I have always been overly ambitious, I just wish my efforts matched this ambition. I am indecisive, easily distracted and easily bored which definitely makes being a writer a harder journey to endure. I like to set myself aims that are possibly out of my reach, then I won’t be disappointed if I don’t reach them because they were big dreams in the first place. I’ve always believed that you should dream big or don’t dream at all. I am really excited to go back to university and carry on with my studies, I know that my last year is going to be my hardest year but I am going to try my best and hopefully I will have several creative pieces ready to be published when I graduate.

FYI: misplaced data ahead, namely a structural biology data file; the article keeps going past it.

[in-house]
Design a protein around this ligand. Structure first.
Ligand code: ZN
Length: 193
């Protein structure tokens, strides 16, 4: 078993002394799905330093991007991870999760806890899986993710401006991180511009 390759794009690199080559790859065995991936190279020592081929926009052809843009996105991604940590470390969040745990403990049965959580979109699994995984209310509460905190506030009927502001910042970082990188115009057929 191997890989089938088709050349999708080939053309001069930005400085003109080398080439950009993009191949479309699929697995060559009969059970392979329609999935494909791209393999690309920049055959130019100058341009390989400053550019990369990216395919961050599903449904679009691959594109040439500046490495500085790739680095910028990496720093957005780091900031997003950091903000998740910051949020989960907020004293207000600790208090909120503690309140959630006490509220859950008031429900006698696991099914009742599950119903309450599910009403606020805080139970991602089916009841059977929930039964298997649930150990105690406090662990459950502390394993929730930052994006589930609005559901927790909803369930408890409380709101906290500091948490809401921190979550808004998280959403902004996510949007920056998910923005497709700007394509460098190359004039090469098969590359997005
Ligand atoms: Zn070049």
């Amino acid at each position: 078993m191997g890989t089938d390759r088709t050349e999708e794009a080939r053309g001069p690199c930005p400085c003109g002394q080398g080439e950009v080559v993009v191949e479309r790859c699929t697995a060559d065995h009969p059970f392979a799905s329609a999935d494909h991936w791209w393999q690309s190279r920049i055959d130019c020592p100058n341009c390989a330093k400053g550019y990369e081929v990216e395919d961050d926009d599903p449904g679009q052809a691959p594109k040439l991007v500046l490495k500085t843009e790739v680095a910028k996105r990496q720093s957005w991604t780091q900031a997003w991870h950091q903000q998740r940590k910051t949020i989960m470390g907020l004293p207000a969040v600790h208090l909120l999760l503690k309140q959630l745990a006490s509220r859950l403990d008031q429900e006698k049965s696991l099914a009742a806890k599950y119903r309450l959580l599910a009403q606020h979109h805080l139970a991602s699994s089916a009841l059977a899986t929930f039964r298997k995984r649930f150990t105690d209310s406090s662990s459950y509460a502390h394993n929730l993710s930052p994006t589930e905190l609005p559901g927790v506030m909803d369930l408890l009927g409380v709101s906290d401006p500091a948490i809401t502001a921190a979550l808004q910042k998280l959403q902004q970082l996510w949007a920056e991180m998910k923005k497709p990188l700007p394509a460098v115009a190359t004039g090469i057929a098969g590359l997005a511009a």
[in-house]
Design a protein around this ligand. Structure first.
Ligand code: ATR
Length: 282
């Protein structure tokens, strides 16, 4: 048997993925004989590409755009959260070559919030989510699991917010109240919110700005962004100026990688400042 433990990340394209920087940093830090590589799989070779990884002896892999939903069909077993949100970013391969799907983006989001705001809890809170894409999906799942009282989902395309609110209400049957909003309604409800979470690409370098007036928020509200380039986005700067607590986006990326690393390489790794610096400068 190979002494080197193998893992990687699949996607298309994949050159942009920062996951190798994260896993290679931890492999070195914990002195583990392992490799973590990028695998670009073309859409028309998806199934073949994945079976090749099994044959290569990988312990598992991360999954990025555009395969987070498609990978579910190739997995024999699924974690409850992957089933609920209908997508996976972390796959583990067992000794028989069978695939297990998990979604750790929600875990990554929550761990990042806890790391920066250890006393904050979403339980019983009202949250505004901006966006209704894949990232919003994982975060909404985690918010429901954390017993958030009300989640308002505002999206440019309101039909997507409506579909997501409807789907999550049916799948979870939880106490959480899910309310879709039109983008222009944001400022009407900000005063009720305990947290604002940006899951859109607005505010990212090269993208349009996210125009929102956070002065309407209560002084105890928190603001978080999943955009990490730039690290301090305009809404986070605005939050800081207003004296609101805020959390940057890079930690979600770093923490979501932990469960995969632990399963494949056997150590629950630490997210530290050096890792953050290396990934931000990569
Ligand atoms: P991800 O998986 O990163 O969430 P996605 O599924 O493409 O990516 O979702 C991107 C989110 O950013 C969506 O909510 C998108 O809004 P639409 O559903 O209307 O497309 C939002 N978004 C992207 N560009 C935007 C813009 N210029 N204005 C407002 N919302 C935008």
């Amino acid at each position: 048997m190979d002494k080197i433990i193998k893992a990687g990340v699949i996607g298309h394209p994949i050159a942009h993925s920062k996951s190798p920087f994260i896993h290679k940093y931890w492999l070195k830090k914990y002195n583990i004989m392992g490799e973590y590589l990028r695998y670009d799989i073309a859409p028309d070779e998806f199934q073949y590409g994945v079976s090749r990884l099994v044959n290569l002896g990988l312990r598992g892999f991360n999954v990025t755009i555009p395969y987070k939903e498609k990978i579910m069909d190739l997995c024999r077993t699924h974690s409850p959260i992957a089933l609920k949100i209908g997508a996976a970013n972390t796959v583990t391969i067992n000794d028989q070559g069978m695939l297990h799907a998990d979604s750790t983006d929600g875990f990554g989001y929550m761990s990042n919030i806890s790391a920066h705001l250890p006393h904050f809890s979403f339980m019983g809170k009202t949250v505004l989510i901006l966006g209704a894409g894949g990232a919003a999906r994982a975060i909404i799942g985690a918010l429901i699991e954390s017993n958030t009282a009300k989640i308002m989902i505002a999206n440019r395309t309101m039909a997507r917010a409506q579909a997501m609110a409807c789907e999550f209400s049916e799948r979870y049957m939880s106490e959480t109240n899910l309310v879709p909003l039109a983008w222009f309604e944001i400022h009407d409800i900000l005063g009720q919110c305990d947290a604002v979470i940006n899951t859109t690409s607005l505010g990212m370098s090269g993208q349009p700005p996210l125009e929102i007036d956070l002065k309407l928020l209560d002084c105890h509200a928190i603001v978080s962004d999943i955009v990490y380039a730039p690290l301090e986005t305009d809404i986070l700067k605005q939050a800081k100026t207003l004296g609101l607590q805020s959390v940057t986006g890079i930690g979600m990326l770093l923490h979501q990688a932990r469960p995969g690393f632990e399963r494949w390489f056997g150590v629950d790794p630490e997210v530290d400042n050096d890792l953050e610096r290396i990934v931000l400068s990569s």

I would love to have my poetry or my short stories published. I know it’s going to be a few more years until my first novel will be ready to be submitted somewhere, so even though I am writing it I am working on other projects so I can get them published too. I have big dreams. I want to walk into Waterstones and see my book on the shelf.  I want people to get lost in a story that I created, I want people to fall in love with the characters that only existed in my imagination and I want people to eagerly anticipate reading my novels when I write them. I want to have a successful career, possibly publishing or editing I’m not entirely sure yet. I have big dreams and I am determined that they are all going to happen.  Every writer is an optimist. Canadian poet Margret Atwood quotes that ‘Any writer is an optimist. Why? Number one: they think they’ll finish their book. Number two: they think somebody will publish it. Number three: they think somebody will read it. That’s a lot of optimism. It’s optimistic in and for itself because it believes in human communication.’